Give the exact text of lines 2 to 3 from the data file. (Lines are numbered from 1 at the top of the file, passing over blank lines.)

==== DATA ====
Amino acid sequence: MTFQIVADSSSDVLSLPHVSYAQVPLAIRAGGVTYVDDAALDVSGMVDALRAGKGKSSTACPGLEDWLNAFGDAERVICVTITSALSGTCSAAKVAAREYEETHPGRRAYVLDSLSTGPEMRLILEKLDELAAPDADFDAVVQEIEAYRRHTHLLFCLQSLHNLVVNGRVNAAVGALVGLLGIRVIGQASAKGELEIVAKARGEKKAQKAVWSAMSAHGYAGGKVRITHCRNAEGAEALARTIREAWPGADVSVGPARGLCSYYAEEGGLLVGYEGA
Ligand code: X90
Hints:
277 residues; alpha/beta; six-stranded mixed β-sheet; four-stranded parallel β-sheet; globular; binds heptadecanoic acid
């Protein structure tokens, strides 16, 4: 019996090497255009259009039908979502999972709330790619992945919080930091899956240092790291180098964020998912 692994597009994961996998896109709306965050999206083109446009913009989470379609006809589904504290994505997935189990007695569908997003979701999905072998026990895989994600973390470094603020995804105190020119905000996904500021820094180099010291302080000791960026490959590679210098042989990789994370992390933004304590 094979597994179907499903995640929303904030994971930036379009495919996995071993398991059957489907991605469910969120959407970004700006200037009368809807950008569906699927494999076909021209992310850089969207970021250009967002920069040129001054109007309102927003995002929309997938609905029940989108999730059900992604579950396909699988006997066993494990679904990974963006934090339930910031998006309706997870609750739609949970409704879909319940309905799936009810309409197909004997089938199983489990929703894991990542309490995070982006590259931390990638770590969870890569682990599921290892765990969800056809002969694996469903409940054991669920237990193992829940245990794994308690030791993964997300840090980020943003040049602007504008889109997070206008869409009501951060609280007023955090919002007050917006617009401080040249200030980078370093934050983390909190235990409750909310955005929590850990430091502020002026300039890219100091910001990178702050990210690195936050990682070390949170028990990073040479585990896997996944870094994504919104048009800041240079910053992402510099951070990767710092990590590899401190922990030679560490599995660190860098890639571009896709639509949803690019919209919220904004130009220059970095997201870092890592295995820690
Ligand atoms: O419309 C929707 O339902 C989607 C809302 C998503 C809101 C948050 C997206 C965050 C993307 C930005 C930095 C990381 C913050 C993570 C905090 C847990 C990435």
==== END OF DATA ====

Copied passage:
Ligand code: X90
Hints: